Home2020-06-02T00:41:40+00:00

Fun Ways to Travel…Virtually

It seems a crazy time to be presenting you with travel information, but maybe it’s not. I know I need to dream, and that’s exactly what I did today as I clicked from one travel website to another.  Here are three of my absolute favorites – filled my afternoon with exciting visions of what may lie in the future, once we are allowed to move beyond our isolation.  Hope you enjoy!!

 

Quite by accident, I came across a magnificent website, JourneyWoman.  I don’t use the word magnificent much but, in this case, I make the exception. I do love to travel, though these days, any plans to go further than my town are naturally on hold.  However, wandering around this site was almost as good as the real thing.  But be careful – there’s so much to see…you could lose your way! It houses all things “travel” and I do mean ALL things. Easy to navigate, filled with inviting photos and great writing, the site is worth visiting – over and over again!

Still on the same quest, I’m finding all kinds of fun things! Legal Nomads is written by a lawyer, turned foodie, turned world traveler. Super, right! As I read through the site, I immediately connected on several levels – not only does the writer love travel and food, as do I, but we also share a gluten allergy. Both of us have celiac disease which complicates traveling or just plain eating out anywhere!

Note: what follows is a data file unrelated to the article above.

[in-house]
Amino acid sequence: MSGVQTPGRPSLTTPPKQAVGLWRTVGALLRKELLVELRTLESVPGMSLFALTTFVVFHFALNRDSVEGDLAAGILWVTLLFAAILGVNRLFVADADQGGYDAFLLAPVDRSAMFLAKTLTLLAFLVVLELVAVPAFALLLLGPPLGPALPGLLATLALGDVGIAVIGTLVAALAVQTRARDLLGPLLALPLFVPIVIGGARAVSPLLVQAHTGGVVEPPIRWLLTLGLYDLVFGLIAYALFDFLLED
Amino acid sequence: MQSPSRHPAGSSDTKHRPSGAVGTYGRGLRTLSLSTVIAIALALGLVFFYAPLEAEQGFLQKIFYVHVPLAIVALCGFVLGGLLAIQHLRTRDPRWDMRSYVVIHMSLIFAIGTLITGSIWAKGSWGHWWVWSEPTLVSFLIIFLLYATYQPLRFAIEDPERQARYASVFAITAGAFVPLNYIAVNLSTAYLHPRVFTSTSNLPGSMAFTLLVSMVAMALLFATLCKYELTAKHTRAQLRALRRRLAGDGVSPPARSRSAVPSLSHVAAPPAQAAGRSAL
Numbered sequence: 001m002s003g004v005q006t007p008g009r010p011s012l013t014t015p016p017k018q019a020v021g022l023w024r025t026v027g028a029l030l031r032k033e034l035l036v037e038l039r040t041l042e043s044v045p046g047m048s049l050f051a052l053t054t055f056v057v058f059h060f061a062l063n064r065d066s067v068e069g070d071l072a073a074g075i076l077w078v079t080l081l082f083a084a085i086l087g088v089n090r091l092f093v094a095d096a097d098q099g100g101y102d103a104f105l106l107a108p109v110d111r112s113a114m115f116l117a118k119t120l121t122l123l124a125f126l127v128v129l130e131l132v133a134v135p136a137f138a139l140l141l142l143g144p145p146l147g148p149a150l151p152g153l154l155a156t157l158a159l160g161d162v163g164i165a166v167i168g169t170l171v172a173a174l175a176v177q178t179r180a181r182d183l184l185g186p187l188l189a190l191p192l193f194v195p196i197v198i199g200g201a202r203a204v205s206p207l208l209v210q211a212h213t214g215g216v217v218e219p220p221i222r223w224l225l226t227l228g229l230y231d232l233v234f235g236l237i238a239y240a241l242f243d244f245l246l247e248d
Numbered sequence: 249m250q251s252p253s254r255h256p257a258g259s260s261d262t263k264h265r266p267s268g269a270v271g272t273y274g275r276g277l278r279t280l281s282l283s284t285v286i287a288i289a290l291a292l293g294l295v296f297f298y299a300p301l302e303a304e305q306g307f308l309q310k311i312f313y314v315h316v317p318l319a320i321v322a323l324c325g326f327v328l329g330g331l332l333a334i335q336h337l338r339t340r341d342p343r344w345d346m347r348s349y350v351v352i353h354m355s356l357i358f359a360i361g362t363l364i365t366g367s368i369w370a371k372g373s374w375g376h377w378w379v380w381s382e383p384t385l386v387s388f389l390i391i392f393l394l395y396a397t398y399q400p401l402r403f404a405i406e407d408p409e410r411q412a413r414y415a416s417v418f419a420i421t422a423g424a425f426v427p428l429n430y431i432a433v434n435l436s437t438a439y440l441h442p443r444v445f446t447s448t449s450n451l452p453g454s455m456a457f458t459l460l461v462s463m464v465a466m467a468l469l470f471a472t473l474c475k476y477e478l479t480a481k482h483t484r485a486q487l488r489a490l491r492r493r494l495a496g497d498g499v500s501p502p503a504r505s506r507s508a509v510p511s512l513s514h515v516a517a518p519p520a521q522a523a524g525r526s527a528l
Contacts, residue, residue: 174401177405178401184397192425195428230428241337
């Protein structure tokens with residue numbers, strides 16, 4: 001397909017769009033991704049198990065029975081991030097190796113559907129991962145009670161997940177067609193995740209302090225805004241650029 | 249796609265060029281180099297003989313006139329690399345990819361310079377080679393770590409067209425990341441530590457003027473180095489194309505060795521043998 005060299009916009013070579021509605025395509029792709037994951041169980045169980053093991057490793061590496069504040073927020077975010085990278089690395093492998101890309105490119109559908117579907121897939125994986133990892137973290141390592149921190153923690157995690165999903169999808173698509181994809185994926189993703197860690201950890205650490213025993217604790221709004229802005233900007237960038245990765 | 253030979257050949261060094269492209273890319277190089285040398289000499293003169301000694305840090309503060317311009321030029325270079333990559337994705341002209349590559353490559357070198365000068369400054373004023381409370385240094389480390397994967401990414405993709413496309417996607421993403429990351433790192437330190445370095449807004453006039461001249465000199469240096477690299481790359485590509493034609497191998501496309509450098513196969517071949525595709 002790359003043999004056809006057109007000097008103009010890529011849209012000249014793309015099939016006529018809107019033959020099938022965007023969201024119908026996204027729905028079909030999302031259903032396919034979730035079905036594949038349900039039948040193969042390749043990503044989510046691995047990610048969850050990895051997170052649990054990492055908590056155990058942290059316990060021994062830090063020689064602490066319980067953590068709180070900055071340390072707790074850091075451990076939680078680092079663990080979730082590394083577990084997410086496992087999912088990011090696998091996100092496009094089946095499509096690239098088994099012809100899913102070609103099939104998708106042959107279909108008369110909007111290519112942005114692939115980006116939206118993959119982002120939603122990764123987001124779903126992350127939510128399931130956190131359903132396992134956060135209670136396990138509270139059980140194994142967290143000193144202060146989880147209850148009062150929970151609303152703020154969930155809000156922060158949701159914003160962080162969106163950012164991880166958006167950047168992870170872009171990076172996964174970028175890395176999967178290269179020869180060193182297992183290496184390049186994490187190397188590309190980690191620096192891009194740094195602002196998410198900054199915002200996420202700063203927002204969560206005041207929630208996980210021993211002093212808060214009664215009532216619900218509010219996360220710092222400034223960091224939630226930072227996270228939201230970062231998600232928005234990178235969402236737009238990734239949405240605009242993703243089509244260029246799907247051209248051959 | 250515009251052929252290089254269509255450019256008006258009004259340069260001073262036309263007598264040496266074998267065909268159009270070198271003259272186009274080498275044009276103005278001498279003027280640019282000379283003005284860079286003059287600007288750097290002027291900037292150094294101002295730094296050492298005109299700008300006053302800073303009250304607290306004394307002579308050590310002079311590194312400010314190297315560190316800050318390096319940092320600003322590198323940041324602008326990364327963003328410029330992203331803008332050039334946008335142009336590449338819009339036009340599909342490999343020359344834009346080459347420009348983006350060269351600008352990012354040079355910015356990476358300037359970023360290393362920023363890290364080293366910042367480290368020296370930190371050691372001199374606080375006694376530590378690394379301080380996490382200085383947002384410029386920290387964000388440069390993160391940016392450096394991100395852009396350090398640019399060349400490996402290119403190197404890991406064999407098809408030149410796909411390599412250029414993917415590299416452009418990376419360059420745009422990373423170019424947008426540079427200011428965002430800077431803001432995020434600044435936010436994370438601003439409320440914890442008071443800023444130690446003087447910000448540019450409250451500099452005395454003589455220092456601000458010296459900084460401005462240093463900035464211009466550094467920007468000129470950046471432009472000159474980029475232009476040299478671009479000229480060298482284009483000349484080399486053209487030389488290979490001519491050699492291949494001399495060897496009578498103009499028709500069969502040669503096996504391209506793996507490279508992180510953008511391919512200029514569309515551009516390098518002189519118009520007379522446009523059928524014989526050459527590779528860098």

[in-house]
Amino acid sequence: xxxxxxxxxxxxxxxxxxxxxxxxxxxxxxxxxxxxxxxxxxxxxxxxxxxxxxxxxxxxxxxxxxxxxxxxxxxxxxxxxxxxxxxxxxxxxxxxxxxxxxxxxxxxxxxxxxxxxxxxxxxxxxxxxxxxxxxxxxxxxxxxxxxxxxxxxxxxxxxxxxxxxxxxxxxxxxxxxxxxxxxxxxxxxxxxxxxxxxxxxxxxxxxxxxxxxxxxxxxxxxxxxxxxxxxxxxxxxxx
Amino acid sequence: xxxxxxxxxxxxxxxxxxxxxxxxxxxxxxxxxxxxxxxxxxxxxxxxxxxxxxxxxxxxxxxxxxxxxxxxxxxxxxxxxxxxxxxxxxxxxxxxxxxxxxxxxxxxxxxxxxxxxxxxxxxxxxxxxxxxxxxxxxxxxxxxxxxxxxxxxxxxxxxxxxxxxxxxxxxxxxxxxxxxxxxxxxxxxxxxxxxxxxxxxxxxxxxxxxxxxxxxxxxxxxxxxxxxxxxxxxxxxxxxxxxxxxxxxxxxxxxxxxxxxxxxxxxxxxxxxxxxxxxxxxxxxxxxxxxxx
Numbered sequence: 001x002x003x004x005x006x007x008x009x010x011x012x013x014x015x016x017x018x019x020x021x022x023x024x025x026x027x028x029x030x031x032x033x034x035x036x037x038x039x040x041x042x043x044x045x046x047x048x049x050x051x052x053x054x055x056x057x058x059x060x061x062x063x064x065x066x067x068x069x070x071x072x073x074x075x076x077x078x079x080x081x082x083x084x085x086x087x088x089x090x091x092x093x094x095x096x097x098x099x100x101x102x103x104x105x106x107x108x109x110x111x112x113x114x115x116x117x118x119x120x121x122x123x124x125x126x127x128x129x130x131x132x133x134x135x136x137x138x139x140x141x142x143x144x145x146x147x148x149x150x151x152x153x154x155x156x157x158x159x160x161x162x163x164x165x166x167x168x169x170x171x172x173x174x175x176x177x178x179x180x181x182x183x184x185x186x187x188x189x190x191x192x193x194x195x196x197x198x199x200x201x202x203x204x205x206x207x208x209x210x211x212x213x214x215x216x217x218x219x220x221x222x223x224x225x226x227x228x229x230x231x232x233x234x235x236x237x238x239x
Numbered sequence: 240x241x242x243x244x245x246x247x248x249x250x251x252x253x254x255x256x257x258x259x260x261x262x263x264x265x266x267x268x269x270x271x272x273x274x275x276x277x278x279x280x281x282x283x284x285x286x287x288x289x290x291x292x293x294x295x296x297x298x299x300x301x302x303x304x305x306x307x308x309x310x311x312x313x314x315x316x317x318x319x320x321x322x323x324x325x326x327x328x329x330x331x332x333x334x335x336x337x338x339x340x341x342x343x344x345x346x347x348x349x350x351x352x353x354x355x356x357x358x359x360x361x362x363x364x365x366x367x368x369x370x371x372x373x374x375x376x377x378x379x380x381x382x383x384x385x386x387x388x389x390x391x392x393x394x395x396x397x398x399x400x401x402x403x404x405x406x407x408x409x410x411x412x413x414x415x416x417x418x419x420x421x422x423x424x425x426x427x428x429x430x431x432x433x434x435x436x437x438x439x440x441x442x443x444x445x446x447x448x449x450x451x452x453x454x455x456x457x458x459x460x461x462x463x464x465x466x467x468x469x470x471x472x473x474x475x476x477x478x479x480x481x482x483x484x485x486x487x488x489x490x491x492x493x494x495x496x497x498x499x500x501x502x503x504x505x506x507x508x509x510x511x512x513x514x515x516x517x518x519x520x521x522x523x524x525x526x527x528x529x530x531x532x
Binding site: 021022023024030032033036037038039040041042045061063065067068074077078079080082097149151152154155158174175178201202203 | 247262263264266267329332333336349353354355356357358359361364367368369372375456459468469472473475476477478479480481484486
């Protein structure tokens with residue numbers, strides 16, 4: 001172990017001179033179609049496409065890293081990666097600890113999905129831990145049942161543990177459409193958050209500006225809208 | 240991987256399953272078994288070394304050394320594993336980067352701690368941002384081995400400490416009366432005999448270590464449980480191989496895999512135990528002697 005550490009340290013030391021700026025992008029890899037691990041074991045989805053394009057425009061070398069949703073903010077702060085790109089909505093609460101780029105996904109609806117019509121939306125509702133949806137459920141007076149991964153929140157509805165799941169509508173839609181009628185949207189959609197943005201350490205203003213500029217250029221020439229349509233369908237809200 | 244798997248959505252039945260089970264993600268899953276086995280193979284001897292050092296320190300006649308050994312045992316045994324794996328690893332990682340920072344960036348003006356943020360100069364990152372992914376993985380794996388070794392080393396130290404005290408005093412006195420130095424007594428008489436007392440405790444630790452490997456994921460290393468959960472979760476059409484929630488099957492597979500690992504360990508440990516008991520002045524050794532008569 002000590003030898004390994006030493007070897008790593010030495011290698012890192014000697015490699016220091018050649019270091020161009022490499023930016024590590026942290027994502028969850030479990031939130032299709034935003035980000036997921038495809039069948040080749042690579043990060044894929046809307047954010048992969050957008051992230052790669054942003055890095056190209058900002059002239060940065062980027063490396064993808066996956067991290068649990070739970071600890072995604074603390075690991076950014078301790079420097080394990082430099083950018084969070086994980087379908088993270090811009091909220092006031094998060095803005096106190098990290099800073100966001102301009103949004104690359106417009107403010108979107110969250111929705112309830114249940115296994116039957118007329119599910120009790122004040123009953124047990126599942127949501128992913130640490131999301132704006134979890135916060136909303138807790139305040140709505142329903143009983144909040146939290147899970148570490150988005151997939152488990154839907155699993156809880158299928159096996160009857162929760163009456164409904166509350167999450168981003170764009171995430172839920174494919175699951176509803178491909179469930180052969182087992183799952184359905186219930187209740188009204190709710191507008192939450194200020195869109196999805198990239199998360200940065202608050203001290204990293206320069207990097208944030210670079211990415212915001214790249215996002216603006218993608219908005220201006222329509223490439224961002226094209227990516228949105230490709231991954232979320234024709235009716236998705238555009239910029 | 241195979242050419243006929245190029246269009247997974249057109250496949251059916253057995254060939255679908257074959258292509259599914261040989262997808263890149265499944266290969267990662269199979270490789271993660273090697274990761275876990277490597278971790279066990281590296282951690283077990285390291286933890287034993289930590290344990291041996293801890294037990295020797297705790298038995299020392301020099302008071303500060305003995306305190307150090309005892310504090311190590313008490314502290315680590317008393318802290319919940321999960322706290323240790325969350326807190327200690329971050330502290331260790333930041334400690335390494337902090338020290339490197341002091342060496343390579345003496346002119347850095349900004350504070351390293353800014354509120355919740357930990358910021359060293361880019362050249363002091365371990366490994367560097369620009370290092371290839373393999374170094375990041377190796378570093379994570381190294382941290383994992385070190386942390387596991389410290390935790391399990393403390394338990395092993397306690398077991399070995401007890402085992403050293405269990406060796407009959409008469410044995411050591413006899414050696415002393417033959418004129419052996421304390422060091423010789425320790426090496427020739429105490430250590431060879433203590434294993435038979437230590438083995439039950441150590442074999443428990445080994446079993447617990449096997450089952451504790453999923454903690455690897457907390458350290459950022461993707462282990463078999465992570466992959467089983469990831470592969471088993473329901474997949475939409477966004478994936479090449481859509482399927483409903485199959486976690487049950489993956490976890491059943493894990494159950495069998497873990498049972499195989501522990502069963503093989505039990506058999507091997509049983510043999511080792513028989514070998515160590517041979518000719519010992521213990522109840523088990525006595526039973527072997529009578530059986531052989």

But that’s not where her focus is…much more lighthearted than talking about diseases.  In her own words…“Here, readers will find a community that connects storytellers who want to dig deep into a new country, in-depth food guides to cities around the world, and a long set of resources to help plan and budget for long term travel. From my end, I want the site to remain an inspiration to those who crave a life of travel and exploration, but one that also sets realistic expectations about the sacrifices unconventional choices require.”  Another virtual travel experience while we are stuck at home.

Here’s one more for you that I really liked. It’s called The Blonde Abroad.  This one is a little “quirk-ier” than the others and maybe more commercial but still lots of fun. Visitors to the site are given the option to choose where the want to travel and then are introduced to their destination with beautiful photography and tips about getting there, what to pack, and so much more.  It’s beautiful, fun, upscale, and I left wishing I were the blonde abroad. Take a peek – even if you have no desire to move further than your couch!

Again, I invite you to share your travel dreams, tips, experiences  – virtual or otherwise, with all of us.  We’d love to hear from you!

July 8th, 2020|Minding Our World|2 Comments

Minding Our Spirits